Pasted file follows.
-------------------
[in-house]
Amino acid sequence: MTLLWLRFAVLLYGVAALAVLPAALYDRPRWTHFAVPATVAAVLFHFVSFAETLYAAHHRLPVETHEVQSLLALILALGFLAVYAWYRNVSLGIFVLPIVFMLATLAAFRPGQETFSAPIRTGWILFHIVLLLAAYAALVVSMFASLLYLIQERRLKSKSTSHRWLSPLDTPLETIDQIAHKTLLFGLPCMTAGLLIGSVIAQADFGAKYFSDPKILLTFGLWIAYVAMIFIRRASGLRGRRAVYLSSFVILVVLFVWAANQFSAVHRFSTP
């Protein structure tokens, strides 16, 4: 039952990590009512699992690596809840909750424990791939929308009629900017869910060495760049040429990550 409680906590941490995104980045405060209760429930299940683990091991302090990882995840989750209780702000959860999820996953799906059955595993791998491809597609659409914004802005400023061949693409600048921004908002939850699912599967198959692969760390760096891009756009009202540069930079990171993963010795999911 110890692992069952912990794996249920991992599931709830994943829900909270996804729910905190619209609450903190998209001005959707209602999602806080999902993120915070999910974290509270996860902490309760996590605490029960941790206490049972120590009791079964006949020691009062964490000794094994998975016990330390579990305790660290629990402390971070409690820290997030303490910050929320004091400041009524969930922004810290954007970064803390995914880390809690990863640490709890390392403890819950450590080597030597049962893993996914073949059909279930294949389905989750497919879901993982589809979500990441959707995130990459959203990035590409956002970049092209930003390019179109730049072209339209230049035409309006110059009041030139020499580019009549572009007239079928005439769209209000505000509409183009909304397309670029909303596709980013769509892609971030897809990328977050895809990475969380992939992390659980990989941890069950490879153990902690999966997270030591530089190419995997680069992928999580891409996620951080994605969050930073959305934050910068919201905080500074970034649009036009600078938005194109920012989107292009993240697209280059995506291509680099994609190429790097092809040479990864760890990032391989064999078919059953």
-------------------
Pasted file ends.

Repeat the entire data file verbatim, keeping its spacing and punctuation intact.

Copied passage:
[in-house]
Amino acid sequence: MTLLWLRFAVLLYGVAALAVLPAALYDRPRWTHFAVPATVAAVLFHFVSFAETLYAAHHRLPVETHEVQSLLALILALGFLAVYAWYRNVSLGIFVLPIVFMLATLAAFRPGQETFSAPIRTGWILFHIVLLLAAYAALVVSMFASLLYLIQERRLKSKSTSHRWLSPLDTPLETIDQIAHKTLLFGLPCMTAGLLIGSVIAQADFGAKYFSDPKILLTFGLWIAYVAMIFIRRASGLRGRRAVYLSSFVILVVLFVWAANQFSAVHRFSTP
């Protein structure tokens, strides 16, 4: 039952990590009512699992690596809840909750424990791939929308009629900017869910060495760049040429990550 409680906590941490995104980045405060209760429930299940683990091991302090990882995840989750209780702000959860999820996953799906059955595993791998491809597609659409914004802005400023061949693409600048921004908002939850699912599967198959692969760390760096891009756009009202540069930079990171993963010795999911 110890692992069952912990794996249920991992599931709830994943829900909270996804729910905190619209609450903190998209001005959707209602999602806080999902993120915070999910974290509270996860902490309760996590605490029960941790206490049972120590009791079964006949020691009062964490000794094994998975016990330390579990305790660290629990402390971070409690820290997030303490910050929320004091400041009524969930922004810290954007970064803390995914880390809690990863640490709890390392403890819950450590080597030597049962893993996914073949059909279930294949389905989750497919879901993982589809979500990441959707995130990459959203990035590409956002970049092209930003390019179109730049072209339209230049035409309006110059009041030139020499580019009549572009007239079928005439769209209000505000509409183009909304397309670029909303596709980013769509892609971030897809990328977050895809990475969380992939992390659980990989941890069950490879153990902690999966997270030591530089190419995997680069992928999580891409996620951080994605969050930073959305934050910068919201905080500074970034649009036009600078938005194109920012989107292009993240697209280059995506291509680099994609190429790097092809040479990864760890990032391989064999078919059953």